**Statistical Reporting
and Interpretation**

**Answers**

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1.
a

2. b

3. c

4. c

5. e

6. The p-value
summarizes results of tests of the same null vs. the same alternative
hypothesis at all possible values of a. Tests using values of a no
smaller than the p-value lead to rejection of the null hypothesis, while tests
at any other values of a lead to retention of the null hypothesis. The
p-value is a useful way to report hypothesis tests because readers who require
different standards of evidence in order to reject the null hypothesis may use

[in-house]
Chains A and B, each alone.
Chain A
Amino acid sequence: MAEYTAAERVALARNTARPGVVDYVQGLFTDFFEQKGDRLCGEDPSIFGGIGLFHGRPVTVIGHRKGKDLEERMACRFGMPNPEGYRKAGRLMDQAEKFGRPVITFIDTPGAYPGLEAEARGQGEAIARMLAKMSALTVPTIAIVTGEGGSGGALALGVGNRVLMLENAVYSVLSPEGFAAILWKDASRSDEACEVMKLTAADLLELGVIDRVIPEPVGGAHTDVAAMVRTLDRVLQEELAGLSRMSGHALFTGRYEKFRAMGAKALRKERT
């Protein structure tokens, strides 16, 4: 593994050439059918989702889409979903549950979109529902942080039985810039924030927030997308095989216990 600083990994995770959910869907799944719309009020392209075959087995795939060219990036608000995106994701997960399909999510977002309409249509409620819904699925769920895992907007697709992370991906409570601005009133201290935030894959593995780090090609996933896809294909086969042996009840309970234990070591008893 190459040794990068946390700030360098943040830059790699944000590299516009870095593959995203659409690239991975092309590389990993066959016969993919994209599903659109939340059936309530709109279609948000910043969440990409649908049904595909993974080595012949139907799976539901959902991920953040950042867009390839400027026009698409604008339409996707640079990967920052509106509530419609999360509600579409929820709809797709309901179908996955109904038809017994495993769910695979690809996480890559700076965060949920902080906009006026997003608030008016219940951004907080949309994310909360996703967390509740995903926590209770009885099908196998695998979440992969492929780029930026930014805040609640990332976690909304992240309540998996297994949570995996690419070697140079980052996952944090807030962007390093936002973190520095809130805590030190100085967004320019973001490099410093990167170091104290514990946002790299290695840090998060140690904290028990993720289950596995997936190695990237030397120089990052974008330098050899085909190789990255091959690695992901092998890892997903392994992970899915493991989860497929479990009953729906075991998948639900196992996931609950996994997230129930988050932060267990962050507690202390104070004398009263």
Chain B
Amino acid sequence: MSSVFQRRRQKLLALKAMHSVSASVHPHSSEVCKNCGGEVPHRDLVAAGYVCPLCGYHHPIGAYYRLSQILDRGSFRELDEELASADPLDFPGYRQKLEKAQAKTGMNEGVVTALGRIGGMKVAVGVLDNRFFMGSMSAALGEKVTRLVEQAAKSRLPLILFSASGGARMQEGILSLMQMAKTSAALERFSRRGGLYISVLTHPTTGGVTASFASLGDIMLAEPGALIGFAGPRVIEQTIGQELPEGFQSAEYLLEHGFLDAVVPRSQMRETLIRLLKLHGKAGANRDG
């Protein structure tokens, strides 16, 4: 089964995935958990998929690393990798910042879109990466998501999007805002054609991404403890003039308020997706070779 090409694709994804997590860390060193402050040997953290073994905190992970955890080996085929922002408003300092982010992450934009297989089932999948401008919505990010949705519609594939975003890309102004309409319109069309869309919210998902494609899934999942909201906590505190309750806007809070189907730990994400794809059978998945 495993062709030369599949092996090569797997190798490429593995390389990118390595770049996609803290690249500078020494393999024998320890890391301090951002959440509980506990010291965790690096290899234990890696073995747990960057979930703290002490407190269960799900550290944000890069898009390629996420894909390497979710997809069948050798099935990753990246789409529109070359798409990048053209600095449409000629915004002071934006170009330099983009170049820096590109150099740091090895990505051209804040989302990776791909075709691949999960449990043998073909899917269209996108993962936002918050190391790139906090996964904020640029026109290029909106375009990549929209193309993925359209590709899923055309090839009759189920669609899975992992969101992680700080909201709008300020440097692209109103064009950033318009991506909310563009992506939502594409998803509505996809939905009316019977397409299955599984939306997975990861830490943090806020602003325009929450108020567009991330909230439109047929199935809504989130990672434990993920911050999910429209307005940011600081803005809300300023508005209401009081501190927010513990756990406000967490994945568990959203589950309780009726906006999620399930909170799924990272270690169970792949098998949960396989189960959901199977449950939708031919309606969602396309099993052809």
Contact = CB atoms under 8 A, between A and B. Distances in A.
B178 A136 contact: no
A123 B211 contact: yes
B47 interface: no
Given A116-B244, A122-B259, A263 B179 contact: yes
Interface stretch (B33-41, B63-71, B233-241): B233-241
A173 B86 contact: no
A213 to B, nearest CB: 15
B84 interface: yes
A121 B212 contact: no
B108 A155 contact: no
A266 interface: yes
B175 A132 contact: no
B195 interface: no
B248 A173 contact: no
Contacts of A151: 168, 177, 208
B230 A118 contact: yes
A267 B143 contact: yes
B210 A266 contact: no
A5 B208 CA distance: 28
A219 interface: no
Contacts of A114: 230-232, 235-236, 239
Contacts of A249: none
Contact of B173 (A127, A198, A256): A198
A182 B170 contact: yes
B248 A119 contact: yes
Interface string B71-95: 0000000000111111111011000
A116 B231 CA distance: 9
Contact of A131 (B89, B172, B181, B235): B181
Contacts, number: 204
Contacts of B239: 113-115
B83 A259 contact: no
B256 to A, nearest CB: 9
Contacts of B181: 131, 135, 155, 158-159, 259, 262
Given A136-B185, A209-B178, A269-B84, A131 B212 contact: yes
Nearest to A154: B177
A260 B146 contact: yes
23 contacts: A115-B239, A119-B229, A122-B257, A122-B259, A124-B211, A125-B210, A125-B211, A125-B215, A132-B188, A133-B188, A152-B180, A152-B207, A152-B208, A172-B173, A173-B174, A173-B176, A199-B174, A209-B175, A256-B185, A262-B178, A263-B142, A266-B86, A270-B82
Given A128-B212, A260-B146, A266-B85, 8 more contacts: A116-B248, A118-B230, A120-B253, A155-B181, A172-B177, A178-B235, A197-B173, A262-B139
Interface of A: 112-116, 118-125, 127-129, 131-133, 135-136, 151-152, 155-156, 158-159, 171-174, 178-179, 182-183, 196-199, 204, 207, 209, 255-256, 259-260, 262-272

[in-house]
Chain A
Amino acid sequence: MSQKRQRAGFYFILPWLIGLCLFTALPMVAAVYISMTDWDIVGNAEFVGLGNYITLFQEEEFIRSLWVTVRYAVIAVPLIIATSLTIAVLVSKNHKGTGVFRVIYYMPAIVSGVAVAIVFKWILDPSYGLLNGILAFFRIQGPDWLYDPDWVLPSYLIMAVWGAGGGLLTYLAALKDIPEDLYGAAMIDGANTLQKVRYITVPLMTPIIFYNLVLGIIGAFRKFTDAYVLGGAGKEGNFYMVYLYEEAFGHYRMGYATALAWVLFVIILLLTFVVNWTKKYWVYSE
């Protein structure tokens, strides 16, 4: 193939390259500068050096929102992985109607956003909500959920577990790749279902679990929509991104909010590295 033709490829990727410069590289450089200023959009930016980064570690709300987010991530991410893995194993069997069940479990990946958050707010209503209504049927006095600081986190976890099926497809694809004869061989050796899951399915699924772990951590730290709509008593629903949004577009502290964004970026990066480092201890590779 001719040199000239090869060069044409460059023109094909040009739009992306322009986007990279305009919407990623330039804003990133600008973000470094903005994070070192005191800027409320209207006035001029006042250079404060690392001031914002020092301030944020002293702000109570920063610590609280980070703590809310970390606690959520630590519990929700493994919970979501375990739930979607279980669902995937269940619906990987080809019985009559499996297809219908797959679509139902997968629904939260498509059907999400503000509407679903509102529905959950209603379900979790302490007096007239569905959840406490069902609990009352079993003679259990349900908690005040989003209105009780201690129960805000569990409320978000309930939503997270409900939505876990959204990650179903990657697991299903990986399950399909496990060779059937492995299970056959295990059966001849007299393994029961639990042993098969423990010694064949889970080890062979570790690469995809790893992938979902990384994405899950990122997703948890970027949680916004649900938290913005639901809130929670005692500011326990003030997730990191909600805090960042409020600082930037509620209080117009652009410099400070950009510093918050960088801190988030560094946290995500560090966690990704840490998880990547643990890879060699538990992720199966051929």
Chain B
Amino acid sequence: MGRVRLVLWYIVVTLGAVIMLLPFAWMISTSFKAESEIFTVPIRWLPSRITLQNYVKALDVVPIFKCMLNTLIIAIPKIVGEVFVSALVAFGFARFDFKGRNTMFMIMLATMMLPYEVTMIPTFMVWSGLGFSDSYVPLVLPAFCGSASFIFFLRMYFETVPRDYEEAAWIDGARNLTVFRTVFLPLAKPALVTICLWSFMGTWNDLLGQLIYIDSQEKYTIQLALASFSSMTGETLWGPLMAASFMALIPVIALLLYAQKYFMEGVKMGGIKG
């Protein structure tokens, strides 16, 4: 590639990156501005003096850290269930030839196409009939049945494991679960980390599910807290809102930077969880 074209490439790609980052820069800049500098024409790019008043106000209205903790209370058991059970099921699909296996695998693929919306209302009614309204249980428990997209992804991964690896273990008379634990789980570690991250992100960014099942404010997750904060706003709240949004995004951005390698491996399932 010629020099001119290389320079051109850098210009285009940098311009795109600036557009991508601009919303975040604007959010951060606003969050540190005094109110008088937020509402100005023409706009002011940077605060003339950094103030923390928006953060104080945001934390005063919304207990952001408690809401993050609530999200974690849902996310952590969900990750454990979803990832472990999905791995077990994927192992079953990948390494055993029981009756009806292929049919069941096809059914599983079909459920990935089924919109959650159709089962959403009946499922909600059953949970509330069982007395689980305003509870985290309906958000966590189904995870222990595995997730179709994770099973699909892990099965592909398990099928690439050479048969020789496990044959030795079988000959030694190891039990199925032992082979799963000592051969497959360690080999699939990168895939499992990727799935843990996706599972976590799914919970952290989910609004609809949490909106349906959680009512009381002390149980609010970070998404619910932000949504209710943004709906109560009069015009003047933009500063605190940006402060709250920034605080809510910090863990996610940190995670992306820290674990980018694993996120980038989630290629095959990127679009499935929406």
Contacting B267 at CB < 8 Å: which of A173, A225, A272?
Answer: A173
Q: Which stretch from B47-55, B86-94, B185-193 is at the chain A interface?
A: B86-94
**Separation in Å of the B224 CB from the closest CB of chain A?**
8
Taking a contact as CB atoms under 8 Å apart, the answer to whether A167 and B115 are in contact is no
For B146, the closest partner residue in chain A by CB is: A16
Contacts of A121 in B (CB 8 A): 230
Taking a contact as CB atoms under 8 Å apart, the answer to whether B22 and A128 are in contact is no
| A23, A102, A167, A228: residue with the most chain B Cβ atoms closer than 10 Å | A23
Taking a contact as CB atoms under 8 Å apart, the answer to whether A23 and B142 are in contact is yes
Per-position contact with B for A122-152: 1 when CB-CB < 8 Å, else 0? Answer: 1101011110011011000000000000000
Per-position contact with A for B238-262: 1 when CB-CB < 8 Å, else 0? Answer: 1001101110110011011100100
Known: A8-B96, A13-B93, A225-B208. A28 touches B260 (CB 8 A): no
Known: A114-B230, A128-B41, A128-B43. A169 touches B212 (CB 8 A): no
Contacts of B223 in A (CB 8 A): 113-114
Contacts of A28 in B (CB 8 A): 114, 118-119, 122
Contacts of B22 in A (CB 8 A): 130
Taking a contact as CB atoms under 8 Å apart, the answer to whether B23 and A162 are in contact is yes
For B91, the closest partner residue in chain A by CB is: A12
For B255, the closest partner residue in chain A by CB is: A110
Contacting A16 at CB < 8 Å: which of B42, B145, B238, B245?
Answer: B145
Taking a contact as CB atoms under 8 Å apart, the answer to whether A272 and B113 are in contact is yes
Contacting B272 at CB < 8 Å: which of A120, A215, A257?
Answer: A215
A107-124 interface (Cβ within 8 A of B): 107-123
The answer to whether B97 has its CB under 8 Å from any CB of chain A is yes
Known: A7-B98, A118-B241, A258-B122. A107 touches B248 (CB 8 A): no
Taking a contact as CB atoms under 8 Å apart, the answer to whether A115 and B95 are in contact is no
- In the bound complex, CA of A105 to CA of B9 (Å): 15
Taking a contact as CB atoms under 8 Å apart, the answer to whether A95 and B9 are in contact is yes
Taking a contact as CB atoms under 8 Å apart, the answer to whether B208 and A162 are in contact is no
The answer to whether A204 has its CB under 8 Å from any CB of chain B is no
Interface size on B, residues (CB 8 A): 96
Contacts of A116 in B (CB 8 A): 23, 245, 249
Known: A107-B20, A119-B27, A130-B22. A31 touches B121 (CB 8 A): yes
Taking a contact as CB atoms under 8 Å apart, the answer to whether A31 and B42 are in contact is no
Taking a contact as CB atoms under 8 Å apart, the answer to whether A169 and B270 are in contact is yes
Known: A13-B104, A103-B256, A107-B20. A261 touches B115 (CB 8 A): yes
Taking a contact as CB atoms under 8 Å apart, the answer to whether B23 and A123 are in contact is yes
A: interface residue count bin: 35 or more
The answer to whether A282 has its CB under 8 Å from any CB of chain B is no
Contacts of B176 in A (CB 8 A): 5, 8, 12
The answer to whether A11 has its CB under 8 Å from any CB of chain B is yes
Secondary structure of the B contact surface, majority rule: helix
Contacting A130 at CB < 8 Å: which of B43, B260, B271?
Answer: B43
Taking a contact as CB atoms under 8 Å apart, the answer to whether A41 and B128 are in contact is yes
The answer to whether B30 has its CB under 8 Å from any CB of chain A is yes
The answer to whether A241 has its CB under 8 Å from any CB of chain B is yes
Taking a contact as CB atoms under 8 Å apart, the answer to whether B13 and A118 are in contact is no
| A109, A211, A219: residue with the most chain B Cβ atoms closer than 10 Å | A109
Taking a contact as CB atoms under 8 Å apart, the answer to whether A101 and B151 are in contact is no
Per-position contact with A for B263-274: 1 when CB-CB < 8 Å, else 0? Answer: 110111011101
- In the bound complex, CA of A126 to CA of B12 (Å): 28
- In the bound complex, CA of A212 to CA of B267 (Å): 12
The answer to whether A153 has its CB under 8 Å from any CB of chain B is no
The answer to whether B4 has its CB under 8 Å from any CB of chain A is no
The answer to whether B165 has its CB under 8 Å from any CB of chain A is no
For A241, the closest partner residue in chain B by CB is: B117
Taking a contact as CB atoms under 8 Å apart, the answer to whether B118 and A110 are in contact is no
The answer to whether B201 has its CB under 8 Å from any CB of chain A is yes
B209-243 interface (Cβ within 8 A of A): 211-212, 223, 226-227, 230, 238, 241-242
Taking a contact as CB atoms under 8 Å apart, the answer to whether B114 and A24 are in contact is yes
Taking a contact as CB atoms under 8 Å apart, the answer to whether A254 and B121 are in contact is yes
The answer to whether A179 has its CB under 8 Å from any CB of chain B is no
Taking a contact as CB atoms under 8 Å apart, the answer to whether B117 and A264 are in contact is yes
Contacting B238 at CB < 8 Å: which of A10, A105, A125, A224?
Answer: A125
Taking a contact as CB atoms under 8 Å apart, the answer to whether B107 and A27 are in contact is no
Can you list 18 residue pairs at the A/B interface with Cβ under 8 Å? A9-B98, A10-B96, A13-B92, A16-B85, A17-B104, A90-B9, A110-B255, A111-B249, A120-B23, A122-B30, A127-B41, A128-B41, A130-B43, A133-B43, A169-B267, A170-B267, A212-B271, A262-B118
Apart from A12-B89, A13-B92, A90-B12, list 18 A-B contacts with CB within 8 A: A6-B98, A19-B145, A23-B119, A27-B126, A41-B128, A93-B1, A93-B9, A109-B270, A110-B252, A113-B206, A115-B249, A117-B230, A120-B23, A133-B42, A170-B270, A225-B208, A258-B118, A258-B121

the same p-value to see whether the evidence meets their particular standards.
The p-value can also be used as a measure of the compatibility of the data with
the null hypothesis, with a p-value close to 1 indicating strong compatibility
with the null hypothesis, and a p-value close to 0 indicating strong
incompatibility.

The confidence
interval, on the other hand, summarizes the results of tests of all
possible assumed "null" values of a given parameter, including an
actual null value of 0 and all specific non-null values (e.g. 1, 2, -5, 10)
representing effects of particular direction and strength, at the same value of
a = 1-(confidence coefficient of the interval).